Unprecedented federal borrowing floods state budgets

Unprecedented federal borrowing floods state budgets
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Once per calendar quarter, the state of Michigan conducts a Consensus Revenue Estimating Conference that provides updates on both the national and state economies and the state’s fiscal outlook. The May conference each year is especially significant because it sets the official revenue targets for the next fiscal year’s state budget. 

The May meeting packet contained a broad range of data points, but a few jumped out.

First was a comparison of major U.S. fiscal stimulus plans over the past century. The three COVID-19 stimulus plans of the past year have combined to cost an amount equal to 22.9 percent of U.S. gross domestic product. By that measurement, this is almost twice the size of Franklin Roosevelt’s New Deal, roughly four times former President Obama’s stimulus plan during the Great Recession, and nearly 4.5 times that of the Marshall Plan that rebuilt Western Europe after World War II.

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Next was the dramatic surge of federal transfer payments over the past year. Between 1974 and 2008, transfer payments gradually rose from 10 to 15 percent of U.S. total personal income. Following the Obama stimulus, transfer payments settled in the 17 to 18 percent range. But the COVID-19 pandemic brought on a historically unprecedented spike; transfer payments stood at 27.6 percent in the first quarter of 2021.

Another chart broke down the components of personal income. Over the previous four quarters, personal income was nearly $3,000 higher than pre-pandemic forecasts had expected. However, employee compensation actually declined by about half that amount. The entire increase is the result of the 53 percent increase in federal transfer payments that have floated U.S. households over the past year.

In Michigan, wage and salary income fell 3.6 percent last year, but state income tax withholding rose 5.7 percent — the second highest increase in the last decade. Our state’s general and school aid funds for the current fiscal year are each forecast to realize billion-dollar growth above what had been estimated four months earlier. Between them, they’re expected to grow another $1.5 billion next year. This even though Michigan’s income and sales tax collections are supposed to be flat next year, and last year’s employment loss is not expected to be fully recovered until 2024, at the earliest.

And Michigan is not an outlier. Oregon recently boosted its revenue estimates by $1.18 billion for its current budget, $1.25 billion for the next biennium, and $1.64 billion for the 2023-25 budget. Skyrocketing state revenues have triggered constitutional provisions that will rebate $1.4 billion against next year’s individual income taxes and $664 million against next year’s corporate income taxes.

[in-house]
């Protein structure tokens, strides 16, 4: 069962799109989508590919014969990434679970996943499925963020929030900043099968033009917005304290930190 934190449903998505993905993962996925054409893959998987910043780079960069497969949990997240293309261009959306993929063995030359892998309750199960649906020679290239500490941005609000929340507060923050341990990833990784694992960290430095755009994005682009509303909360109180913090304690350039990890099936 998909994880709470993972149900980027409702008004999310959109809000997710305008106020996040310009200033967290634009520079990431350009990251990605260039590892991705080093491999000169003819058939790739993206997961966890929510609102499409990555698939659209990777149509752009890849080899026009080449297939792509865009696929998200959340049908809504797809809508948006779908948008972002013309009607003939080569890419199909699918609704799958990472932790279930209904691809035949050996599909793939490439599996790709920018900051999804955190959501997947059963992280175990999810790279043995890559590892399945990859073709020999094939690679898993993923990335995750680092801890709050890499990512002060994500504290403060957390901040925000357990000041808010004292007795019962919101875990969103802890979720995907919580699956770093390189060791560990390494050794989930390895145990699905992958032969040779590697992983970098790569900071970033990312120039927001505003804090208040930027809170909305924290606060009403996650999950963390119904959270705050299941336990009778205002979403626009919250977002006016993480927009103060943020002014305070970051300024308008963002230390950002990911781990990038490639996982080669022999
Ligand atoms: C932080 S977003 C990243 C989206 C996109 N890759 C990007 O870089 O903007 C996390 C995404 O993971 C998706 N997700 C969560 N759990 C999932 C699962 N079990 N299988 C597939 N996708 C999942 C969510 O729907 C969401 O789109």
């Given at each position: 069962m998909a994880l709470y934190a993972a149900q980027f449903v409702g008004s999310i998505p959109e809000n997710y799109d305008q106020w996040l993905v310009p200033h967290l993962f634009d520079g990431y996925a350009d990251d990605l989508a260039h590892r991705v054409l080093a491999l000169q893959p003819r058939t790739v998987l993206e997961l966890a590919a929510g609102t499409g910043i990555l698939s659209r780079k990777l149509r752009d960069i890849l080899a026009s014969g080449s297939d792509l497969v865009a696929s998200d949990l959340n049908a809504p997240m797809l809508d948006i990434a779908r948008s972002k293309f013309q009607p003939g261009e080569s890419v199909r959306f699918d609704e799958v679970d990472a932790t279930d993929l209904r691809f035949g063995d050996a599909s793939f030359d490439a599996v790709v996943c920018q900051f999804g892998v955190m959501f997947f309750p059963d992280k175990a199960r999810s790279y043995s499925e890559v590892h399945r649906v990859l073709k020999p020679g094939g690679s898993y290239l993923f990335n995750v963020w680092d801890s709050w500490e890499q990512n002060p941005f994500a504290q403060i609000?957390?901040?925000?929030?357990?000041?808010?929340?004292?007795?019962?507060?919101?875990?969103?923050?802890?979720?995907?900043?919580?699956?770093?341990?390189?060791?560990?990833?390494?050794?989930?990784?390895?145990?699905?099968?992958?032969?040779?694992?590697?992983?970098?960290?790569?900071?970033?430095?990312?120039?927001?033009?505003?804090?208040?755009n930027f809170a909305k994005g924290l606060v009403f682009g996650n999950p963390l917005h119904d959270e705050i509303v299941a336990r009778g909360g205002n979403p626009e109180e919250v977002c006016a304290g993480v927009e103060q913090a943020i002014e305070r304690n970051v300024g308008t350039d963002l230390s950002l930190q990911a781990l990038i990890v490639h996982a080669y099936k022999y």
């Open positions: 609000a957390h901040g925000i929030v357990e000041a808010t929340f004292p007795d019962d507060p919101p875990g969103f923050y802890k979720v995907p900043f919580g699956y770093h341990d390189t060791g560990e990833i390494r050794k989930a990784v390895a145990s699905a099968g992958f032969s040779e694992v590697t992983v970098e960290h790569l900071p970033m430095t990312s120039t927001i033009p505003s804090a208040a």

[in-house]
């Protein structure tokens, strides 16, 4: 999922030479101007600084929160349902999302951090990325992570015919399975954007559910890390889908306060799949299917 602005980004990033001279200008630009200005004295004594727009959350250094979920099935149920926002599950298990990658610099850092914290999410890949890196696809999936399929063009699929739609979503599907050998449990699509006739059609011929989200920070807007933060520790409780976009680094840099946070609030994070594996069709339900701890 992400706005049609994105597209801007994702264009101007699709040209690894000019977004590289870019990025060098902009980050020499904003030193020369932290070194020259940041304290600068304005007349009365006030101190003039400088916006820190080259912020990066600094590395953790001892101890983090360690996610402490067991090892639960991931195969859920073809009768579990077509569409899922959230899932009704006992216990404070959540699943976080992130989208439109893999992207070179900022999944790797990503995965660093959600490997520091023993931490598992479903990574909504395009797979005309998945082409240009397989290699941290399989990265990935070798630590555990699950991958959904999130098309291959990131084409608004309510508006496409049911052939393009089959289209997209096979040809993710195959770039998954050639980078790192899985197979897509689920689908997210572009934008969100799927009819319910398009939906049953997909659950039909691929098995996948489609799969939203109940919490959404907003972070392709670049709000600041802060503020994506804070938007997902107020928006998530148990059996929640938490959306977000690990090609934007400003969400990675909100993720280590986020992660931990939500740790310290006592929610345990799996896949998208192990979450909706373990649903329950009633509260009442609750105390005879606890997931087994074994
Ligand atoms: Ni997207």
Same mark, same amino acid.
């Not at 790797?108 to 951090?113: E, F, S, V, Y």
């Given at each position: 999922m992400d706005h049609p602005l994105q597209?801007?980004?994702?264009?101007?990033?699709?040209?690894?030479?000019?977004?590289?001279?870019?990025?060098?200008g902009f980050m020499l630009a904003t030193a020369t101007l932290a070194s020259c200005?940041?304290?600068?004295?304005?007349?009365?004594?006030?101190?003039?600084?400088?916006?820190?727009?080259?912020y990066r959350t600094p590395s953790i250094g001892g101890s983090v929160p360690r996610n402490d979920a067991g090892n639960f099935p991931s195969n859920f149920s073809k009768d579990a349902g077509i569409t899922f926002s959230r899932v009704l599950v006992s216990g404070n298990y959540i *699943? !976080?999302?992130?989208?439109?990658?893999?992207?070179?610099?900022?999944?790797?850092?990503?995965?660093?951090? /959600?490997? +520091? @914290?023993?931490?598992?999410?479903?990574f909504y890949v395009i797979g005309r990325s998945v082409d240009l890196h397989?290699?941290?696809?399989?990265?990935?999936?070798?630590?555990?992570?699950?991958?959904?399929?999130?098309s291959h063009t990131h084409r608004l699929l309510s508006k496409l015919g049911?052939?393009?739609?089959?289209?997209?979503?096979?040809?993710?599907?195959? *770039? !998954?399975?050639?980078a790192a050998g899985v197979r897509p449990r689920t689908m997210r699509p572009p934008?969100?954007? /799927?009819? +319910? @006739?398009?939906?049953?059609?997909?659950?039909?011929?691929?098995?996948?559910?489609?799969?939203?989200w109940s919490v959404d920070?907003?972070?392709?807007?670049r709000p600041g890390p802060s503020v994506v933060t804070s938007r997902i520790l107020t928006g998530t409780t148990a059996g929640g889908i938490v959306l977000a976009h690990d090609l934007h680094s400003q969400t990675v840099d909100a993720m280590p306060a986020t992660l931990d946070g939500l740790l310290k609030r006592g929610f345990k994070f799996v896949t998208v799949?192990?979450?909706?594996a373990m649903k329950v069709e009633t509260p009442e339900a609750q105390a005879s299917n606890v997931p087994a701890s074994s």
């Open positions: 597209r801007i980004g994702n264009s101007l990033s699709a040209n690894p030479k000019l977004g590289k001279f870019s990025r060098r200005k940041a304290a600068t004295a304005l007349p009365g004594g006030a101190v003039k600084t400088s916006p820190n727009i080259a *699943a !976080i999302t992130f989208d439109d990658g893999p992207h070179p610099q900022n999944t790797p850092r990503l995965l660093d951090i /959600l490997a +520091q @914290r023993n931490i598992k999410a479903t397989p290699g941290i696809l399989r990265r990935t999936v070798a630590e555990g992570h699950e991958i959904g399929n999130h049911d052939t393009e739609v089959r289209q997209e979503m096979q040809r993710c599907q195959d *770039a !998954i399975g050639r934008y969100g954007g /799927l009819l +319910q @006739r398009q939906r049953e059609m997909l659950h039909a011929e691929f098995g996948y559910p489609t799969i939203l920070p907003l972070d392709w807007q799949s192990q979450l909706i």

At the end of April, Connecticut increased its forecast of tax receipts for the next two years by $1.64 billion. Three weeks later, the state’s current year budget surplus was raised by $220 million, with sales, corporation, estate taxes and income tax withholding constituting the lion’s share of the increase.

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Texas’s comptroller recently raised his state’s revenue estimate by $1.67 billion for the current fiscal year and by $3.12 billion for the 2022-23 biennium. California is debating how to spend a barely fathomable $38 billion surplus that Gov. Gavin NewsomGavin NewsomBiden rolls dice by getting more aggressive on vaccines California Democrats warn of low turnout in recall election Western governors ask Biden for aid on wildfires MORE originally announced as twice that amount.

Of particular note is that none of these windfall or surplus announcements include the state bailout funds each state is receiving under the American Rescue Plan Act.

The evidence from across the country is conclusive: The first two rounds of direct relief payments to individuals and businesses were sufficient to stabilize the economy.

At best, the American Rescue Plan Act was unnecessary. A worse and more likely scenario is that larding hundreds of billions of federally borrowed dollars onto state governments will enable ill-conceived spending that costs taxpayers twice — once for higher federal debt payments and again for ongoing spending paid for initially with one-time funds. The upcoming federal infrastructure spending package figures to compound the problem.

David Guenthner is the senior strategist for state affairs at the Mackinac Center for Public Policy, a research and educational institute located in Midland, Mich.